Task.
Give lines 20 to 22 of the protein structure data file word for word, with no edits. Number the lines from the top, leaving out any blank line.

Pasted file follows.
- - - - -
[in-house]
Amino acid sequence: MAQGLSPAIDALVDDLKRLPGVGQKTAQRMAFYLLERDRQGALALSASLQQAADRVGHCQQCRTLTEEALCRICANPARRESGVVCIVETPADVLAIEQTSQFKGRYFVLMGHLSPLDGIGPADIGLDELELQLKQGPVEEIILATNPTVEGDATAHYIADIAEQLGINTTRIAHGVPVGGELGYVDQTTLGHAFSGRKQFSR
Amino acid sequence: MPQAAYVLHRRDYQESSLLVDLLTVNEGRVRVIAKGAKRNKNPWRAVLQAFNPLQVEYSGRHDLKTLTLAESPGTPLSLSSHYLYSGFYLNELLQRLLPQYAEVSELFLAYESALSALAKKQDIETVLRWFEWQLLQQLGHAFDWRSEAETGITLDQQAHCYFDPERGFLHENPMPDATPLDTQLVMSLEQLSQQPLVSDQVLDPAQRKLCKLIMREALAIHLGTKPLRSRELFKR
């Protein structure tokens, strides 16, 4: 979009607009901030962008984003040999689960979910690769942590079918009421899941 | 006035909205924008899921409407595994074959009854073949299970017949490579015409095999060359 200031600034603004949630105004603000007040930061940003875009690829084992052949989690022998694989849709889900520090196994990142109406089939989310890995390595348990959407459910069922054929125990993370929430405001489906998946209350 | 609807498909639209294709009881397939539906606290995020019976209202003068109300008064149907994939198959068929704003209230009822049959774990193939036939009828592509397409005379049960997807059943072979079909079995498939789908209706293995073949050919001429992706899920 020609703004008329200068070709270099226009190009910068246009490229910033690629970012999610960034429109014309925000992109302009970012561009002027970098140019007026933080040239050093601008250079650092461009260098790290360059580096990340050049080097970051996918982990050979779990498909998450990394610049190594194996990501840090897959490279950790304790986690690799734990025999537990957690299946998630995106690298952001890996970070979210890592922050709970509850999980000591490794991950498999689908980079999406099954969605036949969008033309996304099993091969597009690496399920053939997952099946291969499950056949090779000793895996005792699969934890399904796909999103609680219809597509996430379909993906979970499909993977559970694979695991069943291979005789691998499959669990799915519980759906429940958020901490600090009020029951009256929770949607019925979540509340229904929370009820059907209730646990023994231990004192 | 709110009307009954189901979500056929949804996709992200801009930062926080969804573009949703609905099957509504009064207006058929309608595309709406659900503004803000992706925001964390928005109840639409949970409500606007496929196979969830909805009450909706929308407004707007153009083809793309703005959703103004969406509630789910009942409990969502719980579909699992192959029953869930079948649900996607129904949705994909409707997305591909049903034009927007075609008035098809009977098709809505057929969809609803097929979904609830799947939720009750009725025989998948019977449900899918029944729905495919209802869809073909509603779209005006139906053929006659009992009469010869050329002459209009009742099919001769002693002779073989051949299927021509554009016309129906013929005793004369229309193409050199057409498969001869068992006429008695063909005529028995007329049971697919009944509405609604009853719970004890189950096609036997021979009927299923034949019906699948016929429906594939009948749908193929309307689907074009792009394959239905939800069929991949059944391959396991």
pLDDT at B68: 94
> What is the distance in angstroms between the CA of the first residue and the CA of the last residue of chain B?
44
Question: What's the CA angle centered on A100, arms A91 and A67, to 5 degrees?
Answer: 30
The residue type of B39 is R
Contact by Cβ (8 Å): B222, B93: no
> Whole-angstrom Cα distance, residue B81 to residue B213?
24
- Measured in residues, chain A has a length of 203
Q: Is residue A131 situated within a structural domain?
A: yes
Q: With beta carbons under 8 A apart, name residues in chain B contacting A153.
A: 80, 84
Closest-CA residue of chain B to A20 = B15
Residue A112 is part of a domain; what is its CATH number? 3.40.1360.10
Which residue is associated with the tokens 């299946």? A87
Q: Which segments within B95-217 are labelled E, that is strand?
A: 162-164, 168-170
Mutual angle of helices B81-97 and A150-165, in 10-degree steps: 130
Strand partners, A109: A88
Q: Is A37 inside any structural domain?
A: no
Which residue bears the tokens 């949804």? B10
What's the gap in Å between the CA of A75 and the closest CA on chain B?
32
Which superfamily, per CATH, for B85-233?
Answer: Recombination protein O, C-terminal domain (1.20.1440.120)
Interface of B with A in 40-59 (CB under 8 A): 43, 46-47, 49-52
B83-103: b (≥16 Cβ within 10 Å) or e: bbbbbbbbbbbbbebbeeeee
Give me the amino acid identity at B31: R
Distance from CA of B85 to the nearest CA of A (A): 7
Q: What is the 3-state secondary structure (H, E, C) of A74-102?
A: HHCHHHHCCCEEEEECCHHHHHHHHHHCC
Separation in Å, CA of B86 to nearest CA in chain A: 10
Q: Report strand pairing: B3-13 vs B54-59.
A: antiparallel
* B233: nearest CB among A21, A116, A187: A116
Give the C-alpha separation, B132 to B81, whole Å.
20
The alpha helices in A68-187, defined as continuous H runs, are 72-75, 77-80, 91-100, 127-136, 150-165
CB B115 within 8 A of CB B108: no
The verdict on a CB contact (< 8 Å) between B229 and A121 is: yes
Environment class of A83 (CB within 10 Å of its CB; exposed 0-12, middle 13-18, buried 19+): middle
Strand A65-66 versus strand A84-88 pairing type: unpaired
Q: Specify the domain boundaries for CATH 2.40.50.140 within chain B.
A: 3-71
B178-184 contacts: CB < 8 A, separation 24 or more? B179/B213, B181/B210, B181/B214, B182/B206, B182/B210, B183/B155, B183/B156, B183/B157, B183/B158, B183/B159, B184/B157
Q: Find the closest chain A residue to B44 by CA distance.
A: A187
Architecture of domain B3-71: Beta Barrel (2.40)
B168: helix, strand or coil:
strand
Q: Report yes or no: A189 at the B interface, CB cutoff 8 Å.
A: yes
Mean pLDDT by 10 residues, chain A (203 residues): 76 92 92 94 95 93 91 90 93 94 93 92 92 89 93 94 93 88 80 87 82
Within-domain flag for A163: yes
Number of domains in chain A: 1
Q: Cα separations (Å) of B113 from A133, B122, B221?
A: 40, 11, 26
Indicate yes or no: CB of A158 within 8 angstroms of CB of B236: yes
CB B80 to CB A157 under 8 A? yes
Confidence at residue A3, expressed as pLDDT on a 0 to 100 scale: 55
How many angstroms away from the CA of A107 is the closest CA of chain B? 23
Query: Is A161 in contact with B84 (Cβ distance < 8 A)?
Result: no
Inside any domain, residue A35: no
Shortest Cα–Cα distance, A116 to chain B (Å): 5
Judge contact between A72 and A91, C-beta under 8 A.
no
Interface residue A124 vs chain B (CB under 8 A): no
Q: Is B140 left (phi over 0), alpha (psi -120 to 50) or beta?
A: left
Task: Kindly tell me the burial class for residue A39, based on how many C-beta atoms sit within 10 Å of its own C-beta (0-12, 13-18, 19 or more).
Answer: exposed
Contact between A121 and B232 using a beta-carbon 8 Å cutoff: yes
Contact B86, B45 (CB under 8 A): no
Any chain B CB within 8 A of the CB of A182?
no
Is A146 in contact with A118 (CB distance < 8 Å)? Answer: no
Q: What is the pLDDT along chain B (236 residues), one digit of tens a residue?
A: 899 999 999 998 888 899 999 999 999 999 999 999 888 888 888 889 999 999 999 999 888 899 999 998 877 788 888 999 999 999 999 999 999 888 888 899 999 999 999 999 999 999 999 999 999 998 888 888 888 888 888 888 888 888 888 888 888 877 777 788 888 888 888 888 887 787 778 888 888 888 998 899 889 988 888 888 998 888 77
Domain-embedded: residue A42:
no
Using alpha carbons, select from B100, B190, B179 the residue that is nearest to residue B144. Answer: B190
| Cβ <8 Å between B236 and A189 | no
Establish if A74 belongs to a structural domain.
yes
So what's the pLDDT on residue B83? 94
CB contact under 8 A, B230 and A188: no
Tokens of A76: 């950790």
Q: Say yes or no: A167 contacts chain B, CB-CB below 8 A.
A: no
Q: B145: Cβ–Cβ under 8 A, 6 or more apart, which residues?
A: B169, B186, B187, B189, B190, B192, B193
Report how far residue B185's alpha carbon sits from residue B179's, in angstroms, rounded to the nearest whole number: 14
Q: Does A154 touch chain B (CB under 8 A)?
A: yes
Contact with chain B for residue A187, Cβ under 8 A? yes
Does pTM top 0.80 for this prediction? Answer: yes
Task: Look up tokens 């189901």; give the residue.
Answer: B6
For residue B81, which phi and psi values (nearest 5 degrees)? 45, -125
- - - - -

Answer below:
Residue A112 is part of a domain; what is its CATH number? 3.40.1360.10
Which residue is associated with the tokens 């299946």? A87
Q: Which segments within B95-217 are labelled E, that is strand?